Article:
Do Not Reach Out to a Journalist Without Doing These 5 Things

Public relations, or simply put, “Getting press” is just another tool in your marketing toolbox. It is not a strategy, it should not be your goal, but it absolutely should be something to which you dedicate some thought and resources.

Unfortunately, however, too many entrepreneurs, and even PR agencies just don’t get it. Pitching a journalist should not be about convincing them to write, nor should it be about annoying them till they agree to write, or in most cases, tell you to go away. 

There are several things you can do before you even send that initial message or jump on that first call. Once you do have that initial contact, there are several things you need to do to increase your chances of coverage, which is the goal here. 

Know who you’re talking to.

This point is not unique to PR, it is true about all marketing and all communication, in fact. Do your research, come prepared. Who is this journalist you are about to pitch? What are her interests? What does she tweet about? What is she passionate about? 

This is important for one of two reasons. Either you can leverage that information to speak the same language and create common ground during that call or, alternatively, you can reach the conclusion that this is actually not the right person to speak to, thereby saving your time and theirs.

Know your audience. A good rule of thumb for life.

Know not just the person, but also their work.

Once you did your research and you are confident that you know the journalists areas of interest, now it’s time to do some more research, not on the journalists interests, but on their work.

Do they write about AI, fintech, autonomous cars, all of the above? Is this story even remotely relevant to their areas of coverage? 

I have to admit that not many things are more frustrating than having to respond to a pitch with “Why are you sending me this? Have you seen any of my work? Why did you think this is relevant in any way, shape, or form?”

Studying their previous work before pitching not only gives you a solid response when they say “This isn’t relevant for me”, but it also gives you a good starting point for your pitch. I saw you wrote about insurance last week, so I thought I would tell you about this new insurance story.”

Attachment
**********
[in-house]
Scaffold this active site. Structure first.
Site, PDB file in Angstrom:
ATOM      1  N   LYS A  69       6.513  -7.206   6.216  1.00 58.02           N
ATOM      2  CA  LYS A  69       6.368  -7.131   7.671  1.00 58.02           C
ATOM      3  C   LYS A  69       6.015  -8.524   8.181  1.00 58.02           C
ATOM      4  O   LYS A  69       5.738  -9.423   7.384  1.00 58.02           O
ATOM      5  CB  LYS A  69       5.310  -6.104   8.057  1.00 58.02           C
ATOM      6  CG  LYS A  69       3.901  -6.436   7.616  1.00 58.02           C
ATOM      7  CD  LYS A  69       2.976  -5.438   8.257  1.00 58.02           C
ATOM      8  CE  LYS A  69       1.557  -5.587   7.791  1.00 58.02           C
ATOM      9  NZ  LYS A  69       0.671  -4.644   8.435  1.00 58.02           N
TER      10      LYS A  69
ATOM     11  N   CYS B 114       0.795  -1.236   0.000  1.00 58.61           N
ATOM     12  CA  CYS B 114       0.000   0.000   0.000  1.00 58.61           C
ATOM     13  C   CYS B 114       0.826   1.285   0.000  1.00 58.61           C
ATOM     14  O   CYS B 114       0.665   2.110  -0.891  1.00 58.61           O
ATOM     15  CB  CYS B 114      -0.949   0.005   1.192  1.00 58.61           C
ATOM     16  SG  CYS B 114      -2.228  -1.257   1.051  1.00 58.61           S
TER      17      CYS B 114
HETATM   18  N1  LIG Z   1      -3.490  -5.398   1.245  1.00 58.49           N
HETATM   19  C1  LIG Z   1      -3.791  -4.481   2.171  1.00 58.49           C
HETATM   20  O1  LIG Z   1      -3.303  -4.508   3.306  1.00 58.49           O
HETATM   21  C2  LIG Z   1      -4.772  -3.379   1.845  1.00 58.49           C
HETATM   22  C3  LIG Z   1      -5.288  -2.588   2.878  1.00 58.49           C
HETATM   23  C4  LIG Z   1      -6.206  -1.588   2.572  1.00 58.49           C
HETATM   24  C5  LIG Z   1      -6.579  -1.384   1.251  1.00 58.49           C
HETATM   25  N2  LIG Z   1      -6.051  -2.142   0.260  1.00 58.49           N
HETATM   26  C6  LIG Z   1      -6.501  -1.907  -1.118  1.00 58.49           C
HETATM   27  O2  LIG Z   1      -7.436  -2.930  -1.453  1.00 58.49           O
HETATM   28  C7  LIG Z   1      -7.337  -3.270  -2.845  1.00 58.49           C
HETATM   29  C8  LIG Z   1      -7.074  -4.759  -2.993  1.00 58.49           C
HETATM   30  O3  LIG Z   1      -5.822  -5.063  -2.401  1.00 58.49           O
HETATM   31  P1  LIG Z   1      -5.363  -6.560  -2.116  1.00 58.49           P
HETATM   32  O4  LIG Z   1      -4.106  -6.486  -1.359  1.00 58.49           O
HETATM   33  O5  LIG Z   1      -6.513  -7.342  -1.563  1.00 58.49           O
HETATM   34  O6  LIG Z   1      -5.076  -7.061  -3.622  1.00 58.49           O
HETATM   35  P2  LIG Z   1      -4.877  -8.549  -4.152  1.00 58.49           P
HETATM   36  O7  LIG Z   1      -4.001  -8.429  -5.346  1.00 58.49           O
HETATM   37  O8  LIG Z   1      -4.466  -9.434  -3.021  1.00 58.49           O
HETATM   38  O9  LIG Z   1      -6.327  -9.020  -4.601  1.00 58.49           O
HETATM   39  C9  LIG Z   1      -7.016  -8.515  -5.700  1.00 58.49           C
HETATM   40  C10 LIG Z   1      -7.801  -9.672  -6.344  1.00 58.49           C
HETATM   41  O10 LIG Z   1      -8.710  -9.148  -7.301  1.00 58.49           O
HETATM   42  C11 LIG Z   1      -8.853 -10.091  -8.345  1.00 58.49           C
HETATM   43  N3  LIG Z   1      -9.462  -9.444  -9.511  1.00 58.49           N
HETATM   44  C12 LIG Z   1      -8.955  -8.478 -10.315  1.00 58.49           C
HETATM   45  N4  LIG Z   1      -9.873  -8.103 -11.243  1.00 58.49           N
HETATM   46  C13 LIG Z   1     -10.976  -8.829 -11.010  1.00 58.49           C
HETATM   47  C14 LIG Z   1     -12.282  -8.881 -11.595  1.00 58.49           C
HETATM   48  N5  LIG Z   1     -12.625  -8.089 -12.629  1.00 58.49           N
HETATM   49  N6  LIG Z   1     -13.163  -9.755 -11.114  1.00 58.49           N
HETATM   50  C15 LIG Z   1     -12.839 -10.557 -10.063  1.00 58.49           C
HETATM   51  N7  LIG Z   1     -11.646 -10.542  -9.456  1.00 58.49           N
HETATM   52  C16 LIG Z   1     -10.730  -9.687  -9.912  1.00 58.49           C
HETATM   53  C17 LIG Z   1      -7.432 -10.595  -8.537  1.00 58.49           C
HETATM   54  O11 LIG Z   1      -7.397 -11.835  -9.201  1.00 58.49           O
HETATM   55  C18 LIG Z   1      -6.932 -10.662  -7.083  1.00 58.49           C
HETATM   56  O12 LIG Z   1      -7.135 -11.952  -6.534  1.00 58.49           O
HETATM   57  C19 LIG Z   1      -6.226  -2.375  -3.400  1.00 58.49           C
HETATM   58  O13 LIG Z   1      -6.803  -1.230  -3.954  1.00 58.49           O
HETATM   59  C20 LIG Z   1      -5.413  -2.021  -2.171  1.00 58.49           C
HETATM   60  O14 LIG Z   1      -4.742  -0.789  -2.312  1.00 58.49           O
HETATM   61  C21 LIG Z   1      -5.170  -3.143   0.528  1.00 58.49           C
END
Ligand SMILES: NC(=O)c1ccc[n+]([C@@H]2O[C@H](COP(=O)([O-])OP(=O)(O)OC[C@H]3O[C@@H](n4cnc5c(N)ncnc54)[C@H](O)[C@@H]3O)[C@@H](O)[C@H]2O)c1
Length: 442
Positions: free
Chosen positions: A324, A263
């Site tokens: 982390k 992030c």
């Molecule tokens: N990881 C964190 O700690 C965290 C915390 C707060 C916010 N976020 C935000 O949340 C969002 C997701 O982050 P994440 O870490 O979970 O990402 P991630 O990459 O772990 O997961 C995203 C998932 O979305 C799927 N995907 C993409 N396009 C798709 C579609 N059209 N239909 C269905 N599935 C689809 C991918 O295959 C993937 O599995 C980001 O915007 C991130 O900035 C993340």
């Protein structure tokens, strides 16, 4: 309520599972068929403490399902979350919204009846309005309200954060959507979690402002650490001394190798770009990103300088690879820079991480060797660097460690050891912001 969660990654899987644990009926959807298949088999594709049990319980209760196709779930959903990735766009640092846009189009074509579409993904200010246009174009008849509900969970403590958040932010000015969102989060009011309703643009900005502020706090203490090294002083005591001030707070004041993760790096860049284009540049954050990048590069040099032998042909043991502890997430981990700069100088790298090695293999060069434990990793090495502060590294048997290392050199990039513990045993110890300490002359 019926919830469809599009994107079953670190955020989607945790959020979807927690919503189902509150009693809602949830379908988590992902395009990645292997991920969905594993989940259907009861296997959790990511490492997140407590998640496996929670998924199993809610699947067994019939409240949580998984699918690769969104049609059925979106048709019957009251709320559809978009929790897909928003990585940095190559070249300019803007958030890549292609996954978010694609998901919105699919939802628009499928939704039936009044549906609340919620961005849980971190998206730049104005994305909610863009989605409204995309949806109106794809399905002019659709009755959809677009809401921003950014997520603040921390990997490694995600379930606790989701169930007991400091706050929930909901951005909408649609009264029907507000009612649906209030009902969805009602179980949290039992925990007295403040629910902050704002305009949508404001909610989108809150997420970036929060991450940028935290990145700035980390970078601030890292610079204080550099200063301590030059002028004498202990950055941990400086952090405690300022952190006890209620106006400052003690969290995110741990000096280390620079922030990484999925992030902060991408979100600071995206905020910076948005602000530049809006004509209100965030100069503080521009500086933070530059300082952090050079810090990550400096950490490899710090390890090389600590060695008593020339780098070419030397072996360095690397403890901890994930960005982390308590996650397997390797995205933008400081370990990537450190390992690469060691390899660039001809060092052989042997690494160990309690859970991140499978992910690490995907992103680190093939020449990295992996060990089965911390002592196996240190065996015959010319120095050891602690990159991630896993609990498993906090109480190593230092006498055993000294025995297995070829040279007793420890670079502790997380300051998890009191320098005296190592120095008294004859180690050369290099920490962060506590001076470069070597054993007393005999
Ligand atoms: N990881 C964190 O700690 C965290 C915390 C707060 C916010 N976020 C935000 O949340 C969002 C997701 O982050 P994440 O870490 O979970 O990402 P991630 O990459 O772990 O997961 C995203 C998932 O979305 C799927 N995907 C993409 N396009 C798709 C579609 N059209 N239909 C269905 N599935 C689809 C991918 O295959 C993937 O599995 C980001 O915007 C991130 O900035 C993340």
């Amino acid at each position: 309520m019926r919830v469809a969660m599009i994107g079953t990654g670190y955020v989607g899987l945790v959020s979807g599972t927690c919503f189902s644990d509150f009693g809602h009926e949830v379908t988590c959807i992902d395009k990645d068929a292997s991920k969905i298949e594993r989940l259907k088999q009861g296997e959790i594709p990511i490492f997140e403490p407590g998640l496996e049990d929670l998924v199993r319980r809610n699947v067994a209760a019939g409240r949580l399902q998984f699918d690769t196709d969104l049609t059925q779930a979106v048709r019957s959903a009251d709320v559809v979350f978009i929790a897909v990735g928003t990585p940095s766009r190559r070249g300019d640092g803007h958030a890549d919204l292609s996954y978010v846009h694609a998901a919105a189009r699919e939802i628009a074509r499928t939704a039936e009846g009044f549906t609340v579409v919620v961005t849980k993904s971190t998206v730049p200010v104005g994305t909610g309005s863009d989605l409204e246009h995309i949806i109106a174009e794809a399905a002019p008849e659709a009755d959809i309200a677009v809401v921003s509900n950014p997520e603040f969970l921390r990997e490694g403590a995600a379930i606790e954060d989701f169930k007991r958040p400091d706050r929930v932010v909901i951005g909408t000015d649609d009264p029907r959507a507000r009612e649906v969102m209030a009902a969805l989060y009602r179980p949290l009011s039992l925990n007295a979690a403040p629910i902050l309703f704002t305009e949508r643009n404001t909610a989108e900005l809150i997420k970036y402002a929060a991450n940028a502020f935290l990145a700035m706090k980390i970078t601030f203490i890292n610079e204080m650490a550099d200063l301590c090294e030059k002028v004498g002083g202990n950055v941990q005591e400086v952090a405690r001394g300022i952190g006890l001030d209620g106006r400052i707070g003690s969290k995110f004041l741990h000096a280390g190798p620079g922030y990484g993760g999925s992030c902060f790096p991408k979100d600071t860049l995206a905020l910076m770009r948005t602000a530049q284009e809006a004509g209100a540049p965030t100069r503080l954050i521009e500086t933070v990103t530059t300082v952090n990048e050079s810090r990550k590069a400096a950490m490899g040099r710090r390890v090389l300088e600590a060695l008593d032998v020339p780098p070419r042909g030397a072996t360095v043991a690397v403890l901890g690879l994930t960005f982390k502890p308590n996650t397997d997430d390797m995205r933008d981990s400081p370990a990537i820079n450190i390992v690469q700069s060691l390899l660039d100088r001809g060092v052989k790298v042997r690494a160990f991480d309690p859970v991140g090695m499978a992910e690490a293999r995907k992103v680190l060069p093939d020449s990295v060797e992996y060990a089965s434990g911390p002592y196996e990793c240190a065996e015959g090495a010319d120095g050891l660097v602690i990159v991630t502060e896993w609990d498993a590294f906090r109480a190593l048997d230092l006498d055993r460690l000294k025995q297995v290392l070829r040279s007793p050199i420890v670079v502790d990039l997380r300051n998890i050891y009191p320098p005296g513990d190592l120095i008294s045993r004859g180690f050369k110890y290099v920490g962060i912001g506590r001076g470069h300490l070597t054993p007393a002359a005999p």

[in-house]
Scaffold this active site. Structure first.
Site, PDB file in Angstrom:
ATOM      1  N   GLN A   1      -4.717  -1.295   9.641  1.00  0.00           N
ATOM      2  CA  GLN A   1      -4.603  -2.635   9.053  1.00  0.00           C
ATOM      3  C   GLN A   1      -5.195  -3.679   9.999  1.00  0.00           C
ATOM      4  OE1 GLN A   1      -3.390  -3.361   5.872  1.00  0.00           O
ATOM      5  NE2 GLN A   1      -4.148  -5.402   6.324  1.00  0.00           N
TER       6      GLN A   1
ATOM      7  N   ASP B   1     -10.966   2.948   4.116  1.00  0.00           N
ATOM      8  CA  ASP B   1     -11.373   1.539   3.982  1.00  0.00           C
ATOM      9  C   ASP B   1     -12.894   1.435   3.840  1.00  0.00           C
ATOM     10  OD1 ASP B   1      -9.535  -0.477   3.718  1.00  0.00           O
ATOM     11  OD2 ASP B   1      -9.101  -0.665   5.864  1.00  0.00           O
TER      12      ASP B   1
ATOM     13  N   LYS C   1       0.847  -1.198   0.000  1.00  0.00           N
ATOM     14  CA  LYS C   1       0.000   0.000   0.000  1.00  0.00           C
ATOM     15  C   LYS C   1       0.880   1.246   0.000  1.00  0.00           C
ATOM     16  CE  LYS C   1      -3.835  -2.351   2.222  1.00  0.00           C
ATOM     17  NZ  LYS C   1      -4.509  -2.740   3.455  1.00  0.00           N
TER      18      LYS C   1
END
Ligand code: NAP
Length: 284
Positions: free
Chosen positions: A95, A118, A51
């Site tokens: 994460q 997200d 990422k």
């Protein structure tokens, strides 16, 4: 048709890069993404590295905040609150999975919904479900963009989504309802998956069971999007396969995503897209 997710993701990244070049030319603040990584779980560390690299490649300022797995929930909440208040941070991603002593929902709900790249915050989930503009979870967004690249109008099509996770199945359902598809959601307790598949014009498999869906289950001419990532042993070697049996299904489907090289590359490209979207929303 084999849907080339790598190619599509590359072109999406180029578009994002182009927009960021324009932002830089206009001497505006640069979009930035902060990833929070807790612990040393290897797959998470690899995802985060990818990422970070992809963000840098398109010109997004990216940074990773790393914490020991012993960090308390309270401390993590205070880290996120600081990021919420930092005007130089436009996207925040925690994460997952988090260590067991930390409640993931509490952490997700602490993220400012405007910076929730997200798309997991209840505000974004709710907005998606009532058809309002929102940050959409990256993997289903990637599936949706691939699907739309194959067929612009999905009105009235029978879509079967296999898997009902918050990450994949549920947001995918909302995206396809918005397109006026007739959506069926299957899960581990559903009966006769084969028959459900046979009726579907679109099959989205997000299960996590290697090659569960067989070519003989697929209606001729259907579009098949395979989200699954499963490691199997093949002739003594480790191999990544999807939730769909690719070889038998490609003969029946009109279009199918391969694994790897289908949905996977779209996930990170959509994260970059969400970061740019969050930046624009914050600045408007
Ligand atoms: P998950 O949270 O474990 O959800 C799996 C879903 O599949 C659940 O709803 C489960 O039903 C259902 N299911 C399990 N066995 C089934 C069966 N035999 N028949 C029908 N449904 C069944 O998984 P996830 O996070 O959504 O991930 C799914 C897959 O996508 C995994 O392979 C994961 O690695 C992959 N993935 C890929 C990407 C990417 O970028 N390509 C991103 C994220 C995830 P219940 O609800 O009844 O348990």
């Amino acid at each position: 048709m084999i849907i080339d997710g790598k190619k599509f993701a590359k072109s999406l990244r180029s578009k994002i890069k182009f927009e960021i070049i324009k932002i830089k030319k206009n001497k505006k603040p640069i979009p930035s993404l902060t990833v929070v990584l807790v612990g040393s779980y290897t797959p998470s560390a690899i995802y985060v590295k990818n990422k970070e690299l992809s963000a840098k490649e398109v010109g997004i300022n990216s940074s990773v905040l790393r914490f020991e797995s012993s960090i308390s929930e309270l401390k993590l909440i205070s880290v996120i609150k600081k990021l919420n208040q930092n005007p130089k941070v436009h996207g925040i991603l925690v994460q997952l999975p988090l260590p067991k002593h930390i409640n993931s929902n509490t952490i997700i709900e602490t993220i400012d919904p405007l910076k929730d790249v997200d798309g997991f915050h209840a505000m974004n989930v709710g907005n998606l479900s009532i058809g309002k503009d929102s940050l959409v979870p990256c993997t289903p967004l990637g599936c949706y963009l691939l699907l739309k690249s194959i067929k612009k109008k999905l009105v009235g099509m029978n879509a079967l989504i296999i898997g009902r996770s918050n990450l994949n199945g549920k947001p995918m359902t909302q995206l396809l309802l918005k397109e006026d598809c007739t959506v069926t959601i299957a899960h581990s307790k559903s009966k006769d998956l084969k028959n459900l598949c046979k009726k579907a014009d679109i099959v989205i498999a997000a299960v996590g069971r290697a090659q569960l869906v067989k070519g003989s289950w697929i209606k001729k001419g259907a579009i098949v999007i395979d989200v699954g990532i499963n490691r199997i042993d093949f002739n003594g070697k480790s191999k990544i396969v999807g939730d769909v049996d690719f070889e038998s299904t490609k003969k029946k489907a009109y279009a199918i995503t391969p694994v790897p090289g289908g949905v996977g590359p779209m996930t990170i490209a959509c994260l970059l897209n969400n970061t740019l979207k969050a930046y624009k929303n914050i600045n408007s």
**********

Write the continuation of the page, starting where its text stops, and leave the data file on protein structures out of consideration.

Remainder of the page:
Come prepared, or as my dad likes to say “Think ahead or get one.”

Don’t fool anyone.

If you think pitching without transparency is a good idea, you are in for a very painful surprise. I have gotten hundreds of pitches over the years and the person sending the pitch so conveniently forgot to mention that they are being paid by the company. 

“I thought you should know about this amazing new technology…”

I always respond “Do you work with them?” If the answer is yes, my immediate assumption is that I am dealing with a dishonest individual, and that is the end of the conversation, now and maybe in the future, as well.

Be transparent. People appreciate that.

Follow up.

If this isn’t important to you, why would it be to me?

Just this morning I sent an email to a journalist I was pitching along the lines of “I hope you had a good weekend, just making sure this didn’t get buried in your inbox” and I forwarded all the materials I had sent them a few days earlier and to which I received no response.

You know what he replied? “Yes, I did miss this. Thanks for sending again. I will cover this story.”

Had I not sent that follow up, this would have ended up buried and with no coverage. It took 20 seconds to send that follow up and it ended up accomplishing its goals.

Be systematic in your pitching and follow up on your initial message.

Be respectful and appreciative.

Over the years when I would get coverage for a startup, I would immediately contact the journalist to thank them for the article. In 98% of cases, they would respond with, “No, thank you for the story”. That confused me. Why were they thanking me?